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Exploration costs dent Oil Search profit

Oil Search's full year profit has dropped by 13 per cent due its increased exploration activity.

The energy company has also forecast lower production and higher costs in calendar 2013.

Oil Search made a net profit of $US175.8 million ($A171.40 million) in the six months to December 31, down from $US202.5 million in the previous corresponding period.

"This was largely driven by higher exploration expense, of $US144 million ($A140.40 million) compared to $US60.6 million in 2011," managing director Peter Botten said in a statement on Tuesday.

"This reflects the company's increased level of exploration activity in 2012."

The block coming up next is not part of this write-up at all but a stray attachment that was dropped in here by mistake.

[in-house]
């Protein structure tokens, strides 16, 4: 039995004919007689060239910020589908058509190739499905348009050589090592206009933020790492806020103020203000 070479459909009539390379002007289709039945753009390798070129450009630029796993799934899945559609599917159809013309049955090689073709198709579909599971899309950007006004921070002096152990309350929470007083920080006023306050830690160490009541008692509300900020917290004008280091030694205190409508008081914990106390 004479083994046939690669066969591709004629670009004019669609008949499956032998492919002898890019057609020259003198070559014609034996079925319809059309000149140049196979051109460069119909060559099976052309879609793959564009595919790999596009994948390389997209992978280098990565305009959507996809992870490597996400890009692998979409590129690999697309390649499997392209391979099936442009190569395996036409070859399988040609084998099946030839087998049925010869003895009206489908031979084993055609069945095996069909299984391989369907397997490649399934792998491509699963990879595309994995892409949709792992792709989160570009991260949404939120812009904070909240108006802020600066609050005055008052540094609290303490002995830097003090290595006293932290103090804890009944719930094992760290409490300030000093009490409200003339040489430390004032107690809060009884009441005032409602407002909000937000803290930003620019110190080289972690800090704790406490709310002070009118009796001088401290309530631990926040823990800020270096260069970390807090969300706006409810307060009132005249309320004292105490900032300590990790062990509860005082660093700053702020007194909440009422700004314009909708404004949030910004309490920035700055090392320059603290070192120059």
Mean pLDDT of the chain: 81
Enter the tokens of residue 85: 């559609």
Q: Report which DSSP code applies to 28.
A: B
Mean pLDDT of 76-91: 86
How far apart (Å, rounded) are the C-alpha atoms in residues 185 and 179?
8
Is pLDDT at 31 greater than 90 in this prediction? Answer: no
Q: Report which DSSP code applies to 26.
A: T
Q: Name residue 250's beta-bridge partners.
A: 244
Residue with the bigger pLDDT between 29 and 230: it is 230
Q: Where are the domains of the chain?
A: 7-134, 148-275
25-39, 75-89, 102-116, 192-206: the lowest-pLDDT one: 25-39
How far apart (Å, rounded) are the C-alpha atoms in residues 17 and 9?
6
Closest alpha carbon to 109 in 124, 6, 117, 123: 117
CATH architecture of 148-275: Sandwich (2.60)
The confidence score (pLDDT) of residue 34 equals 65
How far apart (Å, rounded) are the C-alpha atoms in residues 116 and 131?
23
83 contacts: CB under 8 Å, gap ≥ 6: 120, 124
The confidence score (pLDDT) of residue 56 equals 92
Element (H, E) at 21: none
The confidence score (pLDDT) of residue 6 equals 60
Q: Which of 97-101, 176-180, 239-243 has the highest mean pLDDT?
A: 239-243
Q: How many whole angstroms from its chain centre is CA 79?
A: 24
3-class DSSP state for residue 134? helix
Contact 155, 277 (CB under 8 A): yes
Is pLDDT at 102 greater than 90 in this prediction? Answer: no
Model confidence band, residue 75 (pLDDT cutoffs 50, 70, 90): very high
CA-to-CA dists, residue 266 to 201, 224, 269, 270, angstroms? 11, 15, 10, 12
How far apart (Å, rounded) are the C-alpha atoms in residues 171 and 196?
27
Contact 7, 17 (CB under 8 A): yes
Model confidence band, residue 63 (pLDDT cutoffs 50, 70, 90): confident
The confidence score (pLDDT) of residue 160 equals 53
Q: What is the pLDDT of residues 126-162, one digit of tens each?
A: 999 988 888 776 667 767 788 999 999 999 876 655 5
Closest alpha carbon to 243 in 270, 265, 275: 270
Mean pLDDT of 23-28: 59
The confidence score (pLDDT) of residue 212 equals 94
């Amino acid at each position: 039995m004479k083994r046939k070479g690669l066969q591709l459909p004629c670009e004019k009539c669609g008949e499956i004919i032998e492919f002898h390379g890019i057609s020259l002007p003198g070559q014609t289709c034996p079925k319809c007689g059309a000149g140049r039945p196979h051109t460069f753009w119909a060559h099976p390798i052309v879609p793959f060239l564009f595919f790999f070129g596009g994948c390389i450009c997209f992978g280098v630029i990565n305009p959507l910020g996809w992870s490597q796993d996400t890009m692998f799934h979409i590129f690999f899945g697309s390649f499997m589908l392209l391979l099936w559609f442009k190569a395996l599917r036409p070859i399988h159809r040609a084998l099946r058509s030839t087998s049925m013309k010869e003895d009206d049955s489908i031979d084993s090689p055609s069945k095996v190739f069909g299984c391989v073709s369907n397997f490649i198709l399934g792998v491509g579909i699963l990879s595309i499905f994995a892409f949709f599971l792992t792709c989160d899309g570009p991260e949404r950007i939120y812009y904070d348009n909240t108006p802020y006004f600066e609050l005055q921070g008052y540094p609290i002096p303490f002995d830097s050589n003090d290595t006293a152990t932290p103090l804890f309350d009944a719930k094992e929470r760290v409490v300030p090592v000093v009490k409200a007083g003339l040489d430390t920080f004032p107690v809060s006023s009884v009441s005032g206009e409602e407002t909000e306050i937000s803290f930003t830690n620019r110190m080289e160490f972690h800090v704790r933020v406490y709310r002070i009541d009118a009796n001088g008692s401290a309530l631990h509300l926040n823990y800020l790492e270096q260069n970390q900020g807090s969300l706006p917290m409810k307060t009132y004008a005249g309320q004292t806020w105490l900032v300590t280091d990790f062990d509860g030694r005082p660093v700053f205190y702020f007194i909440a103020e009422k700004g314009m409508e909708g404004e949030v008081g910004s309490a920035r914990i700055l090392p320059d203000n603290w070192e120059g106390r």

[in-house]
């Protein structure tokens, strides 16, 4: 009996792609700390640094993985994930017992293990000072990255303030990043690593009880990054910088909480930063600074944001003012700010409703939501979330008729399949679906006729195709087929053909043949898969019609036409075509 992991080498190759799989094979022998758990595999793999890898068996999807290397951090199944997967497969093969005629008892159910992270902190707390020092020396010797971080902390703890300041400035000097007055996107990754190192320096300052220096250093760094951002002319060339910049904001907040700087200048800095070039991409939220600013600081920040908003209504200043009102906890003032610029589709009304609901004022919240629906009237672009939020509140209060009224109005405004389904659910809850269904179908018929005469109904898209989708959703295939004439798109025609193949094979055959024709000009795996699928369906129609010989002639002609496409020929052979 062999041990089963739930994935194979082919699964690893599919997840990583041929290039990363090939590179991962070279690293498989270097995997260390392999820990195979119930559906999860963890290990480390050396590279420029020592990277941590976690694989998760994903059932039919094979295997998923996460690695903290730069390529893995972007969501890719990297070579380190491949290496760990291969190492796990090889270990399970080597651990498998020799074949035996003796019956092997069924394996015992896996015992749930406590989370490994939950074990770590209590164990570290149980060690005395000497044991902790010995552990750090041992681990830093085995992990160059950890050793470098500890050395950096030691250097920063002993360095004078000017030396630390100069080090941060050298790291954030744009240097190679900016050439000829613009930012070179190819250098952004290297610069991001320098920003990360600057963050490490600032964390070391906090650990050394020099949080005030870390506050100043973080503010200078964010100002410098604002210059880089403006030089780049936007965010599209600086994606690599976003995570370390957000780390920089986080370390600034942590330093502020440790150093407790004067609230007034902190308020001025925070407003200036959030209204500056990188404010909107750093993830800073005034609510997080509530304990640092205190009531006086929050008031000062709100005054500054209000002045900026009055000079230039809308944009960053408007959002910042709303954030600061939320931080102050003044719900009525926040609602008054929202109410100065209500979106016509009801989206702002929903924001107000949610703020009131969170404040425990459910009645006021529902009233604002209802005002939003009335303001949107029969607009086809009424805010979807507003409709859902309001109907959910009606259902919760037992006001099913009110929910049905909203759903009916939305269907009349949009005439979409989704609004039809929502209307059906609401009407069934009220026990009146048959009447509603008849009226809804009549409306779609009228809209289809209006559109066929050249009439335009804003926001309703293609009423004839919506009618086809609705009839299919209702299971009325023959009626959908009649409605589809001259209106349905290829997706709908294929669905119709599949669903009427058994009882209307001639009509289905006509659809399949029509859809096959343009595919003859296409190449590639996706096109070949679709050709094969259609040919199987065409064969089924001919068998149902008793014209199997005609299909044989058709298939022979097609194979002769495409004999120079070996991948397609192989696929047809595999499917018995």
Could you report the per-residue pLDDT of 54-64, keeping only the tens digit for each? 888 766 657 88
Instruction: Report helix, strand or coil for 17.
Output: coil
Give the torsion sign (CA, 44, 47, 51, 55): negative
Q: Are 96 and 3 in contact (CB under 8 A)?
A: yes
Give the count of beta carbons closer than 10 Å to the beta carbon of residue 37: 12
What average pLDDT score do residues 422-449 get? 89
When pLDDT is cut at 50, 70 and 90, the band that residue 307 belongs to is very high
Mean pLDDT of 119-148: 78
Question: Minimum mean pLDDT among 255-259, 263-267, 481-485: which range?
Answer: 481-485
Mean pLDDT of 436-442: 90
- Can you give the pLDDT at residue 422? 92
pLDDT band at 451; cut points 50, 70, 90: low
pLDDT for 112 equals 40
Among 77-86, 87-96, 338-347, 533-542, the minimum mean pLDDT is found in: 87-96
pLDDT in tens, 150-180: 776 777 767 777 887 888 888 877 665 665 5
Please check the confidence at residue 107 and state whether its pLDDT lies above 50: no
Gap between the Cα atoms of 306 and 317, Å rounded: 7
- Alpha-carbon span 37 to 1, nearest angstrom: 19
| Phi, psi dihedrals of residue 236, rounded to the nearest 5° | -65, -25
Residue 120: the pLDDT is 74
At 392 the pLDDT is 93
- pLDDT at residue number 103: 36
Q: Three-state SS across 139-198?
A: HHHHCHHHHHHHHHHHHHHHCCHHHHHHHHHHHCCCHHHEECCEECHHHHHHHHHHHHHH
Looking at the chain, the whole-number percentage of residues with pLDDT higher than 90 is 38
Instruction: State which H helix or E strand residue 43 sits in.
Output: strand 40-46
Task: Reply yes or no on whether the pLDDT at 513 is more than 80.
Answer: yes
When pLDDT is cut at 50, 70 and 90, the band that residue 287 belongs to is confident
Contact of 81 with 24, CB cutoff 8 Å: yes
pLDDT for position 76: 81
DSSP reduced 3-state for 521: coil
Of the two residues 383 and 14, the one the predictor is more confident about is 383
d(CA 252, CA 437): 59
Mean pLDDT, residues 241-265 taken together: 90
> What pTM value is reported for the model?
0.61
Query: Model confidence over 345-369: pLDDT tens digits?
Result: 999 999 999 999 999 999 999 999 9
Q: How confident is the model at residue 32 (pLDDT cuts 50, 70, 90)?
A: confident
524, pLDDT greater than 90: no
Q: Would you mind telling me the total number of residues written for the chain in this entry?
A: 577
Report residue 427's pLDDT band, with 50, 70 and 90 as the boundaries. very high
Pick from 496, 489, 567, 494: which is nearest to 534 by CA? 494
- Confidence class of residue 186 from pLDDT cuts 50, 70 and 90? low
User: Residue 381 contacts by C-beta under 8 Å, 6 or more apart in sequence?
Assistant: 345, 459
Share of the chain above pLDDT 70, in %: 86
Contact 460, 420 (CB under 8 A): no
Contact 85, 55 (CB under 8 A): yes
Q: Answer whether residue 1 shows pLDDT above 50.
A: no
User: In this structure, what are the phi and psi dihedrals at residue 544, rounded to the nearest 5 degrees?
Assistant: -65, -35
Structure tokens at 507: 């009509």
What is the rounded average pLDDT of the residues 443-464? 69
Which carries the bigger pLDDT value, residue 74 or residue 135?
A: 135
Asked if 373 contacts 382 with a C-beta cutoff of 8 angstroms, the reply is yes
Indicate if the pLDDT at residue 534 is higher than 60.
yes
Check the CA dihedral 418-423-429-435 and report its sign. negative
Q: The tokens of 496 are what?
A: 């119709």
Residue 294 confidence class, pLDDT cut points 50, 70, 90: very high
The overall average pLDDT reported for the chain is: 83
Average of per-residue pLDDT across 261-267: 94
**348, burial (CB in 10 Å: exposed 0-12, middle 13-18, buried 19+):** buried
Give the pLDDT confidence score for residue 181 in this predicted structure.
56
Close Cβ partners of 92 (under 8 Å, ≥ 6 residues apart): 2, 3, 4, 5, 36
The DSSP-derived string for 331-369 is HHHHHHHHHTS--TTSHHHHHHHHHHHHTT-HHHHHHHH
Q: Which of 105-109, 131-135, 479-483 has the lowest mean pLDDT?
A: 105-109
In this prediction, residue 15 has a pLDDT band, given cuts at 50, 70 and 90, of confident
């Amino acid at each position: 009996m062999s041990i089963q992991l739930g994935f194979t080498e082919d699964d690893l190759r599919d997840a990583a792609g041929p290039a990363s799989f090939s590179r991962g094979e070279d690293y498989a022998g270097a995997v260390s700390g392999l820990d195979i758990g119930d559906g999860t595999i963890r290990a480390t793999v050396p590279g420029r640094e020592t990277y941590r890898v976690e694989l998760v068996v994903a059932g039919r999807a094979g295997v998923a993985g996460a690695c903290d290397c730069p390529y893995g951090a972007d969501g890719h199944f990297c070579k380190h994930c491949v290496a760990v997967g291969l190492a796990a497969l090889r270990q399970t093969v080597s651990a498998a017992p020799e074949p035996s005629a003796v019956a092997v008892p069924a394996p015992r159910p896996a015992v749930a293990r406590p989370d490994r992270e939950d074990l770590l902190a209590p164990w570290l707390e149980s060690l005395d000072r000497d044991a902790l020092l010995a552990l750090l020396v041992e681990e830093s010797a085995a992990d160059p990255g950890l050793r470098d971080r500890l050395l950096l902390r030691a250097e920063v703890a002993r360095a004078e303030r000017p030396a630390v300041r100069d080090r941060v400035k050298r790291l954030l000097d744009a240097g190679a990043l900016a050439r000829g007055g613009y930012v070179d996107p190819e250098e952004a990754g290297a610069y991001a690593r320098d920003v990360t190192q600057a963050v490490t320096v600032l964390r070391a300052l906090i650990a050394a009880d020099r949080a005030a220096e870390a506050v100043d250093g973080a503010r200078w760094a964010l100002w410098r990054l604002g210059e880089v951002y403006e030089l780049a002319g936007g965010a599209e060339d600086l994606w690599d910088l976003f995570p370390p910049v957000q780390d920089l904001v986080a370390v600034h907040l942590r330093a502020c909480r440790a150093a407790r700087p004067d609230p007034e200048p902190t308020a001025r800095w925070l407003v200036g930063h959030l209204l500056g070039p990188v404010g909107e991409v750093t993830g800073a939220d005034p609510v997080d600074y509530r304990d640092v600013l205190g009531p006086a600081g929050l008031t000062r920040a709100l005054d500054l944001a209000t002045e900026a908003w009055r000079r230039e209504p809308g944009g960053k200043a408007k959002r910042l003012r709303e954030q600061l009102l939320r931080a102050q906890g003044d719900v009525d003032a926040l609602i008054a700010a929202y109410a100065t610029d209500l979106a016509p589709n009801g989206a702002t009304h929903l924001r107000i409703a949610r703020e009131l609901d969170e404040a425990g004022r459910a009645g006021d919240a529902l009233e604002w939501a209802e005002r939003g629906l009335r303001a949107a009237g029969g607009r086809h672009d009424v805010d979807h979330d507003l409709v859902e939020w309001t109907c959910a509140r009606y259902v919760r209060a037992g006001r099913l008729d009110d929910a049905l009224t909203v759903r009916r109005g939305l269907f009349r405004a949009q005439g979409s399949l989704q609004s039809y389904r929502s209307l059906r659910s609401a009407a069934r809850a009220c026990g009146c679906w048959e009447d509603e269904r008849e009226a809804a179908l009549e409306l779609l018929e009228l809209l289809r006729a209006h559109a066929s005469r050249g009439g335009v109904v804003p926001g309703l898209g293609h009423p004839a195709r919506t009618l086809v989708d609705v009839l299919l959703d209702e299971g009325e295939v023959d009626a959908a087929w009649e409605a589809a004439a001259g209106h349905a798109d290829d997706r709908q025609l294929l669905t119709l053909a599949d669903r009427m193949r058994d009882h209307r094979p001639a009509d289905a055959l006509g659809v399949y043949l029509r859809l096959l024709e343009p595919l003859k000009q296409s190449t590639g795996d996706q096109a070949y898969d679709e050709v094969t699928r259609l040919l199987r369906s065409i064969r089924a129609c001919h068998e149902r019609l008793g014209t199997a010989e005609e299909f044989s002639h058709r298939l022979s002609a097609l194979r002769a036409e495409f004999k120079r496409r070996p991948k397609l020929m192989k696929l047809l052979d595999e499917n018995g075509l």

The company said its liquefied natural gas (LNG) project in Papua New Guinea was 75 per cent complete and on target for first sales in 2014.

Oil Search forecast production of 6.2 to 6.7 million barrels of oil equivalent (mmboe) in 2013, compared to 6.4mmboe in 2012.

Underlying operating costs are expected to be in a range of $US24 and $US26 per barrel of oil equivalent, compared to $US24.82 in 2012.

Exploration expenditure would be similar or slightly higher than in 2012, Oil Search said.

The company declared a final dividend of two US cents per share, unchanged from the previous year.